Roraima Graffiti – diversity in the form of art

“Cultural diversity and migration” was the guiding theme of this year’s edition of the Roraima Graffiti project, which took place November 14th thru 17th, at the Venezuelan indigenous refugee shelter in Pintolândia, carried out by the Federal University of Roraima (UFRR)with support from Fraternidade – International Humanitarian Federation (FIHF).

The adolescents that chose to participate in the workshop had the opportunity to learn the graffiti technique, understand the economic use of material, and experience the practical stages of the process.

They chose the design and each contributed with their particular style, both in the expression of ideas and the work itself as they painted a panel representing their culture.

The commitment and the willingness to participate were evident by the interest in continuing the process even after a day of heavy rain that interrupted the activity.

The teamwork, the peacefulness and the interaction with the artists that presented the workshop brought a positive rhythm to the activity, which ended with each of them signing their own name, indicating participation and satisfaction.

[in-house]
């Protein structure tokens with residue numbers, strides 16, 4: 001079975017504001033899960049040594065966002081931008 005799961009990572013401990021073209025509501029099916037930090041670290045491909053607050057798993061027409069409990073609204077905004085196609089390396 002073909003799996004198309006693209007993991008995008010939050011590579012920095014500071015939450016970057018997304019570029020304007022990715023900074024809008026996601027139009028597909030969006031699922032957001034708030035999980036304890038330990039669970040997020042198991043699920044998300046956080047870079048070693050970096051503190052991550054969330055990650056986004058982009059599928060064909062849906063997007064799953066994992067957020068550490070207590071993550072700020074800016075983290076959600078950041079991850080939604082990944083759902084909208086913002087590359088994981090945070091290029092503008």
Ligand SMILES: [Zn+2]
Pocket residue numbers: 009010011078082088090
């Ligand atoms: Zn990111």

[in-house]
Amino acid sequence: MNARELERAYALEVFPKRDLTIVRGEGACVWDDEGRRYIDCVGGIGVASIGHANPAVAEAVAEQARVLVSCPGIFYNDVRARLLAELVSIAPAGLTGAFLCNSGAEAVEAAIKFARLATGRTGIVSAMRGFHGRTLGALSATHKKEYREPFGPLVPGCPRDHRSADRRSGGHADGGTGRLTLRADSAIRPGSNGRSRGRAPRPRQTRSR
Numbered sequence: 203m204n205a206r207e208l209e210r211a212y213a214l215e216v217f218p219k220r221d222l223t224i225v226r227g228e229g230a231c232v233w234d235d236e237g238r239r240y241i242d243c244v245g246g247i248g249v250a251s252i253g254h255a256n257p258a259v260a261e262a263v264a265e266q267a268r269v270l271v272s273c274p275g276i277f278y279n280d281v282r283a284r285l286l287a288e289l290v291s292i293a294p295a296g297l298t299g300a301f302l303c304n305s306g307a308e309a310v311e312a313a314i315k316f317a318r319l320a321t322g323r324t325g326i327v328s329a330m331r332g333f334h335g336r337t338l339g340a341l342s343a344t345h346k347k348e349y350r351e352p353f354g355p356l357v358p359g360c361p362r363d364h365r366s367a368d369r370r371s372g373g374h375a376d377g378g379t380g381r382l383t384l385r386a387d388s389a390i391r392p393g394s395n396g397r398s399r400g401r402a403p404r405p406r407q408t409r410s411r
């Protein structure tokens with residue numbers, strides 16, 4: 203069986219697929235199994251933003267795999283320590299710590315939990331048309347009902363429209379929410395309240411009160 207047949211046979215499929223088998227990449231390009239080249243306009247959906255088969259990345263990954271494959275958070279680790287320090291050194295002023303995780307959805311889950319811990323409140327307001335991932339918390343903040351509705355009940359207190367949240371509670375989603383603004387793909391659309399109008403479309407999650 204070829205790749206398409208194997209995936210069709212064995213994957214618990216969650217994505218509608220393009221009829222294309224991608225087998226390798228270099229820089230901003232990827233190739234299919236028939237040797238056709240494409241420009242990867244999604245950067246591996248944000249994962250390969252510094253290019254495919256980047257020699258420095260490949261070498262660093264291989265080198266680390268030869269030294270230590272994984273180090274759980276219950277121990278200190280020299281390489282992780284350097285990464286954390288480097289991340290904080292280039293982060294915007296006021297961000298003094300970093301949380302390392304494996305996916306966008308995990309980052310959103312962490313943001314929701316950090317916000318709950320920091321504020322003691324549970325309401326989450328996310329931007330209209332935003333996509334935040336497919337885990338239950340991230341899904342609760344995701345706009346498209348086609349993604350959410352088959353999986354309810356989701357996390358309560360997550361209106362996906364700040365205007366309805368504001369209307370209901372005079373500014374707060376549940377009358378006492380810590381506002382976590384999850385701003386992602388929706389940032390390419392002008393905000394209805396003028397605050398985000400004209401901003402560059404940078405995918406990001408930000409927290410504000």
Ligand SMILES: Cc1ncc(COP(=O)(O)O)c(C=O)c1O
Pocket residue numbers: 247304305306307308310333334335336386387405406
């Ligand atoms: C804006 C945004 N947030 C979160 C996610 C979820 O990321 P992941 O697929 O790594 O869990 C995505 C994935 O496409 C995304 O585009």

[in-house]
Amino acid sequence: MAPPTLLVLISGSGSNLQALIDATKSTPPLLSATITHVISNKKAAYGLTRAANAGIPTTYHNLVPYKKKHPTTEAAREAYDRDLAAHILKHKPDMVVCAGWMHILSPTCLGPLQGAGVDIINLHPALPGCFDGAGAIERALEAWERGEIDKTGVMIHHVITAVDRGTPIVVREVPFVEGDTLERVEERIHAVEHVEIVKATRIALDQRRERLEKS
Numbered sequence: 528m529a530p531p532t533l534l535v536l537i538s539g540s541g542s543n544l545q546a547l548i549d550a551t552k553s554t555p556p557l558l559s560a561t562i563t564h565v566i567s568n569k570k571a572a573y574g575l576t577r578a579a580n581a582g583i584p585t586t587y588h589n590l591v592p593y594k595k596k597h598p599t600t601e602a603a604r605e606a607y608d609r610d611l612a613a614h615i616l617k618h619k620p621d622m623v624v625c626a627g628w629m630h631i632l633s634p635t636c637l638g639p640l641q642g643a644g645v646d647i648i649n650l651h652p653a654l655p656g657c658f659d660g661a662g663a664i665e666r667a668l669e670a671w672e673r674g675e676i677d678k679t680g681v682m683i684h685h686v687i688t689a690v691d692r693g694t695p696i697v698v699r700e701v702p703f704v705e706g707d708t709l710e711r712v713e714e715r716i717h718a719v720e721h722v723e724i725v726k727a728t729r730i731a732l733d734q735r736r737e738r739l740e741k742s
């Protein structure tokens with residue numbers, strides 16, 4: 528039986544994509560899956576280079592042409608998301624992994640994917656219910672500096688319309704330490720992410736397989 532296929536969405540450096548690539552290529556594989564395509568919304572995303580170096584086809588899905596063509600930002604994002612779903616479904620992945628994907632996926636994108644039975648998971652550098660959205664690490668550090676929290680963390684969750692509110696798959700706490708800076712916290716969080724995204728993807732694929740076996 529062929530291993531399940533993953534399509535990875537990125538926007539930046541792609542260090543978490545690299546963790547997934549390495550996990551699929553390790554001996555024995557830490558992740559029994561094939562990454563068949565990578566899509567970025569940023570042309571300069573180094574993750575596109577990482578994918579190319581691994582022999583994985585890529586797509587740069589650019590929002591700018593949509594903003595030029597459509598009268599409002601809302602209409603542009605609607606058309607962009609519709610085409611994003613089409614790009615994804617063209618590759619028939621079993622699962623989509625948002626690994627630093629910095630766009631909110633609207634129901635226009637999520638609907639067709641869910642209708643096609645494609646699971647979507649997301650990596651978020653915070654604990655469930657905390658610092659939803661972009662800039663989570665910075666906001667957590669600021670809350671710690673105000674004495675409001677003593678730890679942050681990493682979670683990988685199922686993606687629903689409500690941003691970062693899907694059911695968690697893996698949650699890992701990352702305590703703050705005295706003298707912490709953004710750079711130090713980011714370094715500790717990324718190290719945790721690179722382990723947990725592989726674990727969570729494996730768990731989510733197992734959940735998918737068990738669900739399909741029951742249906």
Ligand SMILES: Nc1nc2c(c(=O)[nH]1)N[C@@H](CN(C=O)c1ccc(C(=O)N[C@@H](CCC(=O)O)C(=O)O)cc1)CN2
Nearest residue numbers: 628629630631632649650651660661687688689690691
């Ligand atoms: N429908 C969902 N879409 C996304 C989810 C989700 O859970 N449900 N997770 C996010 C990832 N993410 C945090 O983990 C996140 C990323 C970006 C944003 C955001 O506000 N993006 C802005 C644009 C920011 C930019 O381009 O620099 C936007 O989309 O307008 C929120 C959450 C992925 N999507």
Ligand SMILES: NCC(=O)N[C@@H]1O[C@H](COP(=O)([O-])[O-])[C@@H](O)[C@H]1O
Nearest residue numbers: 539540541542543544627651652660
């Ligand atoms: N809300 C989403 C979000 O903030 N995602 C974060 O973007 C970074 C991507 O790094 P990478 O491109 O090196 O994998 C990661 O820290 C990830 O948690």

This is the sixth year of the Roraima Graffiti project, conceived of by Leila Adriana Baptaglin, a teacher of the course with a Bachelors’ in Visual Arts at UFRR.

Leila tells us that the project emerged because of the cultural diversity in Roraima, especially in the last few years, due to the growing migration, “as a proposal for integrating the community, besides the pedagogical teaching proposal about what urban art is and how it can be linked to the work of creativity and personal development,” she explains.

She also comments that the support of the International Fraternidade (FIHF) was extremely important, not only with the provision of materials, but mainly with the organizing and support during the whole process.

As for the work with the natives, Leila observes that “when we do this kind of activity, we learn much more than we teach, and that moment was an exchange of experiences and lessons,” and she ends with telling about the questions of the young people regarding new activities, which demonstrates the positive effect, and their interest in urban art, which can indicate a seed for future activities.